Happy Birthday, Neir's Tavern

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Queens Eagle

A Woodhaven watering hole will be celebrating its 190th anniversary on Oct. 5 — making it older than more than half the states in the country.

Neir’s Tavern has been around since 1829, beginning the same year that Andrew Jackson became president. Called the Old Blue Pump House at its inception, it became Neir’s when Louis Neir bought it in 1898. He added a bowling alley and hotel, and even ran the place as a speakeasy during Prohibition.

Neir’s changed hands several times up until 2009, when Loy Gordon, an FDNY lieutenant and the current owner, bought the bar along with some friends to save it from closure.






 

Sunday, September 15, 2019

What housing crisis?

I thought we had a housing crisis in this city but apparently not. This was originally row houses that later on a couple of those row houses was turned into a church and now this is what it is. Meanwhile, on francis Lewis Blvd by the hmart only a few blocks away, there Is office space for rent and right up the block from this is a couple of more office spaces that are vacant. One of these offices actually just moved from up the block to over here leaving their old office space vacant. Also, there is more office spaces/small bank going on up the block and across the street from this as well. Why does the government say we are in a crisis then knocks down houses that can be used? Who approves this to go on?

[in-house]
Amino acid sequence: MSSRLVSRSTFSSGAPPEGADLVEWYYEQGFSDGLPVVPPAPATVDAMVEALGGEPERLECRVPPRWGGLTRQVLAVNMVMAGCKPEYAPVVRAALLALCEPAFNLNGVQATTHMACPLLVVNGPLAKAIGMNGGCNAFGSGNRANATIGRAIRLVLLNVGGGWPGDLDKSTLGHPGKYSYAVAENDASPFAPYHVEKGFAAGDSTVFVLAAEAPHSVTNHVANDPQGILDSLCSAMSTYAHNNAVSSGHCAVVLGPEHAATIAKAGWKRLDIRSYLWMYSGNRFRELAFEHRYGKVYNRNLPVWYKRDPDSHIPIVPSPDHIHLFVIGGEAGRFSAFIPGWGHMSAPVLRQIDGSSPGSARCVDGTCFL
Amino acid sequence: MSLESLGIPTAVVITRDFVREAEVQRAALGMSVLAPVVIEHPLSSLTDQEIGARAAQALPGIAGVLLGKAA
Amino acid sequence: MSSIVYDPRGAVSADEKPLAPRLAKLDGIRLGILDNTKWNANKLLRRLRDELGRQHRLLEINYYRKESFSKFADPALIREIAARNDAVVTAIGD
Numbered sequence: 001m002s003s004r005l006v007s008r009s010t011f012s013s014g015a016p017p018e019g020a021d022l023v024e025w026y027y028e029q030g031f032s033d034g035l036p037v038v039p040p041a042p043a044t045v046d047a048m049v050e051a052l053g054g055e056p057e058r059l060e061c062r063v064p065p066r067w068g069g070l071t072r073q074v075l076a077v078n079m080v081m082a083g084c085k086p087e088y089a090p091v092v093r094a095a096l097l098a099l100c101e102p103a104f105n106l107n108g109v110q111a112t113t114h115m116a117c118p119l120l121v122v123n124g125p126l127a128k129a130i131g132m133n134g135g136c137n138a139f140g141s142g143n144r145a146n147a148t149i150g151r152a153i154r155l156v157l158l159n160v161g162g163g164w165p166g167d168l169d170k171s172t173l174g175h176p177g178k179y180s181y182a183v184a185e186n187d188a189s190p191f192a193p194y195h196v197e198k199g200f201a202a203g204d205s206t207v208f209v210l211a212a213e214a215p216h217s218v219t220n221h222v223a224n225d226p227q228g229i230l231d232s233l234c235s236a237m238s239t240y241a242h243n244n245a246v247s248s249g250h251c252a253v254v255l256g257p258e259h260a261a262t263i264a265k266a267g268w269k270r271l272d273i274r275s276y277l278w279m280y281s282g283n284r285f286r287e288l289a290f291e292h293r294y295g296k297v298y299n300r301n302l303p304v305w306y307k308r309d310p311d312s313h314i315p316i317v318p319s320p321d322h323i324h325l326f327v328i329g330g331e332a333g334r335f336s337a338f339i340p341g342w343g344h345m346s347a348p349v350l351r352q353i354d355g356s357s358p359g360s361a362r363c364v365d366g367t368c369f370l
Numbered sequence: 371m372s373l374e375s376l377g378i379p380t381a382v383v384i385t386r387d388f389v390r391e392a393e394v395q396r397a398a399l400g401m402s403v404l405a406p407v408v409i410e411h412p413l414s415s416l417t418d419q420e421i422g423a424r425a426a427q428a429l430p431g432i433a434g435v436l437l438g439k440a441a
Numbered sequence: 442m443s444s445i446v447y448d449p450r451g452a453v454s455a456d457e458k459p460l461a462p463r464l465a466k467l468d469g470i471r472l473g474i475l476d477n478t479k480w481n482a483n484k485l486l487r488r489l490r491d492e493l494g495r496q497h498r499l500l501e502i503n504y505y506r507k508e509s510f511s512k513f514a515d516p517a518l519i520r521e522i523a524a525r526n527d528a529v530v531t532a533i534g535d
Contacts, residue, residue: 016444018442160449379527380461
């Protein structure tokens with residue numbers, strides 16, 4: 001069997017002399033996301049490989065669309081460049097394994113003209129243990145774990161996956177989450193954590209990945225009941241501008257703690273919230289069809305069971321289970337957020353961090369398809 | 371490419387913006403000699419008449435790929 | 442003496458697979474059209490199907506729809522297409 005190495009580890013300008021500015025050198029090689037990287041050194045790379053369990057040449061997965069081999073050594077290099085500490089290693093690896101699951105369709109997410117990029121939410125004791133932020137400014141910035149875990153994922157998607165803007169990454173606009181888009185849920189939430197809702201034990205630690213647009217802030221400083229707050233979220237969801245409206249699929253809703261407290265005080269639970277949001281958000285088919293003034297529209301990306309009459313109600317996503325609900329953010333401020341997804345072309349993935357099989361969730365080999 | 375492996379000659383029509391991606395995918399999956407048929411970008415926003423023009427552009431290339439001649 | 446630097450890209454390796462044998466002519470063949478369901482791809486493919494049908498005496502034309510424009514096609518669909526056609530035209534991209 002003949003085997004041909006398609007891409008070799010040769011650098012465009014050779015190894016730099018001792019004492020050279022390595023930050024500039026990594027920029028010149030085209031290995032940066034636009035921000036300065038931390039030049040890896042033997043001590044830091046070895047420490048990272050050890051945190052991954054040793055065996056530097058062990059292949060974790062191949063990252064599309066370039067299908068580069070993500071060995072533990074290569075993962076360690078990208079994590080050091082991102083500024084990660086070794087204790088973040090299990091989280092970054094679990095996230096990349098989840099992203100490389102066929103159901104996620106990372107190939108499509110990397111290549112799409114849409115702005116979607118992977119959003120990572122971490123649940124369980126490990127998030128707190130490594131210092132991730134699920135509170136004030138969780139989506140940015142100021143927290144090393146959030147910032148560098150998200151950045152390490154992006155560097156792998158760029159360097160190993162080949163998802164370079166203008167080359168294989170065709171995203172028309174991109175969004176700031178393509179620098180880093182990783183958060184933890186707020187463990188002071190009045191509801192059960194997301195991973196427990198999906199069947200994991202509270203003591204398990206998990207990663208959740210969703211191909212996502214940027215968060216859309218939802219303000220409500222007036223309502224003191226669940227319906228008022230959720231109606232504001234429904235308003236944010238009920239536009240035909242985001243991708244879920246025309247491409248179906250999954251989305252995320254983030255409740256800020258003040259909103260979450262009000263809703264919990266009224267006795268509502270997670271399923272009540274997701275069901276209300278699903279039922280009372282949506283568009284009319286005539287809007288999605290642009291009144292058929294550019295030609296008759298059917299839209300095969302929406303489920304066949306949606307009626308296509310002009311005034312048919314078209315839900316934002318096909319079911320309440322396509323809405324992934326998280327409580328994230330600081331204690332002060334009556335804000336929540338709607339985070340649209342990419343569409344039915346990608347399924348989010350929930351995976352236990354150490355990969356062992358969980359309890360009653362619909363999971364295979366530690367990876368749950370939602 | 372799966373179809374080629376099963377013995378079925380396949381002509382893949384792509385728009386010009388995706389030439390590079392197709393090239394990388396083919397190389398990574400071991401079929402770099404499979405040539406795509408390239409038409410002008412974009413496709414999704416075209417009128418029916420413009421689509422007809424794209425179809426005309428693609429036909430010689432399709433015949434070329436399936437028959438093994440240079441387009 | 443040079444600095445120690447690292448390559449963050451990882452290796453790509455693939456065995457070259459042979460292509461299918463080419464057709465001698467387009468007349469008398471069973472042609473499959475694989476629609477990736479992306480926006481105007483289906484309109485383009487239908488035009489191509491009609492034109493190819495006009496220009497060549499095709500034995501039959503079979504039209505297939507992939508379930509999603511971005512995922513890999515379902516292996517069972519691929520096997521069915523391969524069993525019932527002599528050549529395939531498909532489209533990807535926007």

Saturday, September 14, 2019

25% of condos in recently built luxury towers remain vacant

New York Times

Picture an empty apartment — there are thousands in Manhattan’s new towers — and fill it with the city’s chattiest real estate developers. How do you quiet the room?

Ask about their sales.

Among the more than 16,200 condo units across 682 new buildings completed in New York City since 2013, one in four remain unsold, or roughly 4,100 apartments — most of them in luxury buildings, according to a new analysis by the listing website StreetEasy.

“I think we’re being really conservative,” said Grant Long, the website’s senior economist, noting that the study looked specifically at ground-up new construction that has begun to close contracts. 

Sales in buildings converted to condos, a relatively small segment, were not counted, because they are harder to reliably track. And there are thousands more units in under-construction buildings that have not begun closings but suffer from the same market dynamics.